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Kingston Calls for Hearings on Prayer Day Debacle

By Dan Weil   |   Tuesday, 27 Apr 2010 01:38 PM

Rep. Jack Kingston, R-Ga., has called for congressional hearings over the military’s decision in recent weeks to rescind invitations for two conservative Christian leaders to speak at military prayer events: Franklin Graham and Tony Perkins.

“I think that we need to have some hearings, because this seems to be something that the military is spending some energy on and we need to raise the visibility on it,” Kingston told CNSNews.com.

Last week, the Army “disinvited” Franklin Graham, son of the Rev. Billy Graham, to speak at the Pentagon on the National Day of Prayer, May 6, after a military advocacy group protested that Graham had called Islam “evil” and “wicked” after the 9/11 carnage.

Editor's Note: Read "Pentagon Widens Christian Ban; Graham Says It’s Anti-Religion"

In February, the chaplain’s office at Andrews Air Force Base “disinvited” Family Research Council President Perkins from attending a national prayer event at the base, because Perkins disagrees with President Obama’s desire to repeal the military policy on homosexuality.

Kingston says both actions smack of political correctness.

“I am concerned about it,” he said.

“It shows that the Pentagon is using a systematic practice of weeding out preachers and leaders of the clergy who are willing to give biblically-based messages and sermons which might ruffle some feathers in the diplomatic circles in which they are very concerned.”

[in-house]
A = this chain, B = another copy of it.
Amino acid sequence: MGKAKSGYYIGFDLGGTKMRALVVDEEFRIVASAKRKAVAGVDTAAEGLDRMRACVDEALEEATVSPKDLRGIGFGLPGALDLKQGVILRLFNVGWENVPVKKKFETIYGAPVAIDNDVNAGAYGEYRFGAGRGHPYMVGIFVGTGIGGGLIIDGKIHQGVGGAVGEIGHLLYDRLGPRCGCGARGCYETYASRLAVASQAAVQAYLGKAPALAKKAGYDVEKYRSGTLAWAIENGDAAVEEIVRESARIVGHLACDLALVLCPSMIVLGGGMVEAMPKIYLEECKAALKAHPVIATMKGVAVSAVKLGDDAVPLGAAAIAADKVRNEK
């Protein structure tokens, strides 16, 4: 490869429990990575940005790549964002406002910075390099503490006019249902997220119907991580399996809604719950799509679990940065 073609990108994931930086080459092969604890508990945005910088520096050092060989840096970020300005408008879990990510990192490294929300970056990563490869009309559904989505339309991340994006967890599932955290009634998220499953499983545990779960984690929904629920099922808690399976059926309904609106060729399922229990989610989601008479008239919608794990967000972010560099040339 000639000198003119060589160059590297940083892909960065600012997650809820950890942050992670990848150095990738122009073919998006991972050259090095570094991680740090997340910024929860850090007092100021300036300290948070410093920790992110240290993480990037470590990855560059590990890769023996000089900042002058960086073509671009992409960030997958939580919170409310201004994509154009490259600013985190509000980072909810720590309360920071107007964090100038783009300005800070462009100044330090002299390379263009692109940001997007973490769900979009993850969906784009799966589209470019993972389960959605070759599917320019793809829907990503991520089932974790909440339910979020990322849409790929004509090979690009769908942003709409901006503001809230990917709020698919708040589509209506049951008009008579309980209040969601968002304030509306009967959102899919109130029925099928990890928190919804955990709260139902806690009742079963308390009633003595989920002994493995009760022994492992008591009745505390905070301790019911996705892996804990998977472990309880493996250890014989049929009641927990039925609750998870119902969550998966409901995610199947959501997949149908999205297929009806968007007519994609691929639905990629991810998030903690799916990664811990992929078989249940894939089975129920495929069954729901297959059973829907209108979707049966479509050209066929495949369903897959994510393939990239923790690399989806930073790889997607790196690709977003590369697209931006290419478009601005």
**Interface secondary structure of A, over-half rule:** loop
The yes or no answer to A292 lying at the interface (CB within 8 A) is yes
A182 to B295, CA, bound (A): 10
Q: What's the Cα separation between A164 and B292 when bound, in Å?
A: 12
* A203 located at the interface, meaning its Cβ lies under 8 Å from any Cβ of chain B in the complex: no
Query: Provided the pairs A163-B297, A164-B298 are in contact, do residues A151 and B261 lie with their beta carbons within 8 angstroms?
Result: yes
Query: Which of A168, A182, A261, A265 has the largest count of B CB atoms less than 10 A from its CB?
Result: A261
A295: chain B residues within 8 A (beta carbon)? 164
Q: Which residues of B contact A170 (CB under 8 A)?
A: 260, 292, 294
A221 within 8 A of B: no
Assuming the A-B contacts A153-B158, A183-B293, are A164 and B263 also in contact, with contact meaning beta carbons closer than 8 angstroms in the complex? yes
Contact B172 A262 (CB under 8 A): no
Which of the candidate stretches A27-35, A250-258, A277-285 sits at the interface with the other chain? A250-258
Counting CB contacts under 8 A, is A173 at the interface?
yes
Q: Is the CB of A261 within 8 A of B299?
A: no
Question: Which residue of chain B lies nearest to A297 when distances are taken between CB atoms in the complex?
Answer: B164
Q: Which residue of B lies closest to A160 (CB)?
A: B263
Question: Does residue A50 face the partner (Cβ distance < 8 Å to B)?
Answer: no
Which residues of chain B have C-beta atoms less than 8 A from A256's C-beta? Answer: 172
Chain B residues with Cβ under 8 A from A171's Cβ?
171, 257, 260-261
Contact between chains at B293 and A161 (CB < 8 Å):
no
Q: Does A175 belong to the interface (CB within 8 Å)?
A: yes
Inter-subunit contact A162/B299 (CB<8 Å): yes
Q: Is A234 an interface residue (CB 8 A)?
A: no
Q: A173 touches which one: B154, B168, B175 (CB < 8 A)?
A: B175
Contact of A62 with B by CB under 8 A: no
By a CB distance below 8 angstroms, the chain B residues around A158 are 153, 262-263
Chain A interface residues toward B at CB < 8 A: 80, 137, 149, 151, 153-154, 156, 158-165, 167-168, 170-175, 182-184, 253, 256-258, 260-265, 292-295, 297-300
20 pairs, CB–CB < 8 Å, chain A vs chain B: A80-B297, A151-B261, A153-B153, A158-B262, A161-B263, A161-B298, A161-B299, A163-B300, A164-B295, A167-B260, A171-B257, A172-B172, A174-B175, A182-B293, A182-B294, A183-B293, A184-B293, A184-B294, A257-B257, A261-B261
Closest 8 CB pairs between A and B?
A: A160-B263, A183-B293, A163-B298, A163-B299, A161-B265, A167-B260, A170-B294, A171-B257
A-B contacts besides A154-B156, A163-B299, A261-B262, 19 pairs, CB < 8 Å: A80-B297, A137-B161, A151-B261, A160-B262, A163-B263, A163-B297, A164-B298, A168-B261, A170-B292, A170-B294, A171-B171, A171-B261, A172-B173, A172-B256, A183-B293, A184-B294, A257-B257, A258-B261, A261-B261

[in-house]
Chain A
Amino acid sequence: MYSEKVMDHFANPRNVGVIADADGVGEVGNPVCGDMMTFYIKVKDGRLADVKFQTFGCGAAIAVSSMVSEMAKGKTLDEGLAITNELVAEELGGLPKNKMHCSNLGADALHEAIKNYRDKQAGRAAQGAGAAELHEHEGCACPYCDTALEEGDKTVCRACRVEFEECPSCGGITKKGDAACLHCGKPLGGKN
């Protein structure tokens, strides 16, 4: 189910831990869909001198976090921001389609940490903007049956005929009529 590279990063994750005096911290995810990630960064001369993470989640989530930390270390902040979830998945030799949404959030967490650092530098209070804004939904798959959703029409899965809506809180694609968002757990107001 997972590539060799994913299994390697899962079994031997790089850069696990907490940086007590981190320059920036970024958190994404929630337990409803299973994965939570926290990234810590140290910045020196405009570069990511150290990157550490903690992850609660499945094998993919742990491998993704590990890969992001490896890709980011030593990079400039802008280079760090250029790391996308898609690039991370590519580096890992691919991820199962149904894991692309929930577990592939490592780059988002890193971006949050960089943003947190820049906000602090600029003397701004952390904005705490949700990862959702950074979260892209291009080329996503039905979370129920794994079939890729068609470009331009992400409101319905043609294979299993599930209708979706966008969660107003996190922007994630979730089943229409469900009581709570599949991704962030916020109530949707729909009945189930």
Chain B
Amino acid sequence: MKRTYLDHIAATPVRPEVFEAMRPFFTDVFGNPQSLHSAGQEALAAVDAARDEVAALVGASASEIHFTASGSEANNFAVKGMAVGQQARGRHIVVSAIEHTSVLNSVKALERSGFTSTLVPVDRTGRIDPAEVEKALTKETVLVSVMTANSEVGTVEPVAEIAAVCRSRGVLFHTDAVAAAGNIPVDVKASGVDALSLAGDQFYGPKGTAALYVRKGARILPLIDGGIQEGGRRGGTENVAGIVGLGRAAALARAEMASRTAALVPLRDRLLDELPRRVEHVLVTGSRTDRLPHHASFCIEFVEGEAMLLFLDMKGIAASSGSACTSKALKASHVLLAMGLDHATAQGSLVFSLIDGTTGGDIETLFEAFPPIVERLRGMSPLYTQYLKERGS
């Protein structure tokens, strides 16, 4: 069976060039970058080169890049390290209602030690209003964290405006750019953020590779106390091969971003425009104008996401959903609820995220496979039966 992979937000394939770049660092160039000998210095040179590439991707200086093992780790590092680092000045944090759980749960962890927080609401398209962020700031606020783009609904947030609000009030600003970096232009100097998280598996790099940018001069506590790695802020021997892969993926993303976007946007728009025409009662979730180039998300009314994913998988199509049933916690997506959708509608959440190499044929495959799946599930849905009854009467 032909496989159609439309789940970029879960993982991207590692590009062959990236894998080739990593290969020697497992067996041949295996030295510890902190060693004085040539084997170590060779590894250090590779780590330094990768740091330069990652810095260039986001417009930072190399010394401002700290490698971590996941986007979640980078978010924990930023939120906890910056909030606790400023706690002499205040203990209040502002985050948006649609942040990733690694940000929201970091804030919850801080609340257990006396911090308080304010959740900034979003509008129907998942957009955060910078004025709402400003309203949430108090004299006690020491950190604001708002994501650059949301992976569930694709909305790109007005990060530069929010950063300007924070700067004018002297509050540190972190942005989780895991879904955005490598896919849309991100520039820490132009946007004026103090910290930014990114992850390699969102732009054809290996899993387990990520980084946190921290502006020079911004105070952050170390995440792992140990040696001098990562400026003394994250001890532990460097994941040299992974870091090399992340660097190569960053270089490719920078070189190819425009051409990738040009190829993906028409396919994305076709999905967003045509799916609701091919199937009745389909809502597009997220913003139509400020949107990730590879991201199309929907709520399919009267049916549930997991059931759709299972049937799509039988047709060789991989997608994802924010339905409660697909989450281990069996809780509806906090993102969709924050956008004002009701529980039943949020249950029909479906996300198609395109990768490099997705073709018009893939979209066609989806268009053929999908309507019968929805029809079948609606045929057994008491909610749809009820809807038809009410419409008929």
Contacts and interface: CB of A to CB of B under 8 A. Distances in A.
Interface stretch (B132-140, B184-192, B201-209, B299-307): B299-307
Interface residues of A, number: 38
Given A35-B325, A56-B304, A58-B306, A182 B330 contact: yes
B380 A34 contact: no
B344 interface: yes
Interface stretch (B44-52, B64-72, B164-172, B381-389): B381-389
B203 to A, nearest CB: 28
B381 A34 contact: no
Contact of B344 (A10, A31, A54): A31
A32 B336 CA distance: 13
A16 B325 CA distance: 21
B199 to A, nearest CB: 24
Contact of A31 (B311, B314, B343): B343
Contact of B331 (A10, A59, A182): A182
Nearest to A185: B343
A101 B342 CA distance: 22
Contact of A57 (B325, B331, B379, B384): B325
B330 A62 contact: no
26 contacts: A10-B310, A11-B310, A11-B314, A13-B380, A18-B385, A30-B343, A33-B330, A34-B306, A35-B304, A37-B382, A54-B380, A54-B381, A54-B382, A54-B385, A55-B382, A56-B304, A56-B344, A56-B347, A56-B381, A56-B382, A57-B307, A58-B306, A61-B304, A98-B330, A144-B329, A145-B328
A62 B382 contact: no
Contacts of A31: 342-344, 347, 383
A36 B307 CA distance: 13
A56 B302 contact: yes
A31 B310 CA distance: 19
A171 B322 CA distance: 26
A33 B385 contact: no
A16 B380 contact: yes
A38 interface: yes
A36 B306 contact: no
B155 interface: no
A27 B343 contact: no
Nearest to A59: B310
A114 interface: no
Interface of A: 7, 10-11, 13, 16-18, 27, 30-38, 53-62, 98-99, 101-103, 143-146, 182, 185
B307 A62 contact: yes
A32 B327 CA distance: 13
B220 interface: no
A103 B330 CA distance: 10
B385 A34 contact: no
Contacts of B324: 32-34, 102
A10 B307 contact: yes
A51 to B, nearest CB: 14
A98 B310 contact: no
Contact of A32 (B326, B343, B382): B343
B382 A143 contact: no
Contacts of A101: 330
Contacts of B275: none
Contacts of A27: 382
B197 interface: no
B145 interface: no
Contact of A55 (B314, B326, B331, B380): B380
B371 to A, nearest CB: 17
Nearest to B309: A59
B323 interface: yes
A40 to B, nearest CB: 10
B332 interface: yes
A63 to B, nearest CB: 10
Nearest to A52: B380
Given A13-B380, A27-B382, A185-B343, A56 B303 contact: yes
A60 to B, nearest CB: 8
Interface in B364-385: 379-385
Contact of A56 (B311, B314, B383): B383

The Pentagon’s move on Graham was prompted by the Military Religious Freedom Foundation, a group started by former Air Force officer Michael Weinstein to campaign for a completely secular military.

Graham said he “regretted that the Army felt its decision was necessary.”

Former Alaska Gov. Sarah Palin defended Graham over the weekend.

“It’s truly a sad day when such a fine patriotic man, whose son is serving on his fourth deployment in Afghanistan to protect our freedom of speech and religion, is disinvited from speaking at the Pentagon’s National Day of Prayer service,” she wrote on Facebook.

“His comments in 2001 were aimed at those who are so radical that they would kill innocent people and subjugate women in the name of religion. Are we really so hyper-politically correct that we can’t abide a Christian minister who expresses his views on matters of faith?”

Graham spoke to Obama about his cancelled invitation, when the president paid a courtesy call to his father.

“I wanted to make him aware of that,” Franklin Graham told The Associated Press. “He said he would look into it.”

The Pentagon's decision to disinvite not only Graham, but also the National Day of Prayer task force led by author Shirley Dobson, the wife of influential Focus on the Family founder Dr. James C. Dobson, suggests the Pentagon's rejection of Christian leaders is much broader than previously recognized.

On Monday, evangelist Pat Robertson, the 700 Club founder, came to Franklin Graham's defense on his program, calling him "very courageous."

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